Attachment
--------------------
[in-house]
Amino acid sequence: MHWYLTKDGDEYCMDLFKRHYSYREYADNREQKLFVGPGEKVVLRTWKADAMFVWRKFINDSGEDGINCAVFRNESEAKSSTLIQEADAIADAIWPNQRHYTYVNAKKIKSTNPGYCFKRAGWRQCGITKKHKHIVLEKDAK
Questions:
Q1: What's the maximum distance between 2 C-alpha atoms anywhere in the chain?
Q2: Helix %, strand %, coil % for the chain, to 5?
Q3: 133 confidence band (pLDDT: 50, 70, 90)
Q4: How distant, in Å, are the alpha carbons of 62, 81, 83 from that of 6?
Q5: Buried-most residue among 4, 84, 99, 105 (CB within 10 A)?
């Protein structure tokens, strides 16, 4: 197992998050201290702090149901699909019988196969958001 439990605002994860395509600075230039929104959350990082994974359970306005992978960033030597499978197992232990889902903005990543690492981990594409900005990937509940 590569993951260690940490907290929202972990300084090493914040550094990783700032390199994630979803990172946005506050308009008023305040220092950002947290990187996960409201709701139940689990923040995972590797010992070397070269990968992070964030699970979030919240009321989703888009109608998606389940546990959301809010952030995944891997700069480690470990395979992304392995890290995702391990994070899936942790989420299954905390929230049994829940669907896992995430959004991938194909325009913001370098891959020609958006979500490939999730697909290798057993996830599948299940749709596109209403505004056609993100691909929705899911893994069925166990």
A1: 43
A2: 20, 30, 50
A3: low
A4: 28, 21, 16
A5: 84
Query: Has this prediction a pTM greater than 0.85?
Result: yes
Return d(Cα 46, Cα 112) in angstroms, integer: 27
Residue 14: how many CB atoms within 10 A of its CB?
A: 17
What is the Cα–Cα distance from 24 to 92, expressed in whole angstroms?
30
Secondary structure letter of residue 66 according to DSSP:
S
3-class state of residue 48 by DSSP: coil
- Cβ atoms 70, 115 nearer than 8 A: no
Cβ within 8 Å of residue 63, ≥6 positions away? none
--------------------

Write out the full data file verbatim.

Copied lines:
[in-house]
Amino acid sequence: MHWYLTKDGDEYCMDLFKRHYSYREYADNREQKLFVGPGEKVVLRTWKADAMFVWRKFINDSGEDGINCAVFRNESEAKSSTLIQEADAIADAIWPNQRHYTYVNAKKIKSTNPGYCFKRAGWRQCGITKKHKHIVLEKDAK
Questions:
Q1: What's the maximum distance between 2 C-alpha atoms anywhere in the chain?
Q2: Helix %, strand %, coil % for the chain, to 5?
Q3: 133 confidence band (pLDDT: 50, 70, 90)
Q4: How distant, in Å, are the alpha carbons of 62, 81, 83 from that of 6?
Q5: Buried-most residue among 4, 84, 99, 105 (CB within 10 A)?
């Protein structure tokens, strides 16, 4: 197992998050201290702090149901699909019988196969958001 439990605002994860395509600075230039929104959350990082994974359970306005992978960033030597499978197992232990889902903005990543690492981990594409900005990937509940 590569993951260690940490907290929202972990300084090493914040550094990783700032390199994630979803990172946005506050308009008023305040220092950002947290990187996960409201709701139940689990923040995972590797010992070397070269990968992070964030699970979030919240009321989703888009109608998606389940546990959301809010952030995944891997700069480690470990395979992304392995890290995702391990994070899936942790989420299954905390929230049994829940669907896992995430959004991938194909325009913001370098891959020609958006979500490939999730697909290798057993996830599948299940749709596109209403505004056609993100691909929705899911893994069925166990």
A1: 43
A2: 20, 30, 50
A3: low
A4: 28, 21, 16
A5: 84
Query: Has this prediction a pTM greater than 0.85?
Result: yes
Return d(Cα 46, Cα 112) in angstroms, integer: 27
Residue 14: how many CB atoms within 10 A of its CB?
A: 17
What is the Cα–Cα distance from 24 to 92, expressed in whole angstroms?
30
Secondary structure letter of residue 66 according to DSSP:
S
3-class state of residue 48 by DSSP: coil
- Cβ atoms 70, 115 nearer than 8 A: no
Cβ within 8 Å of residue 63, ≥6 positions away? none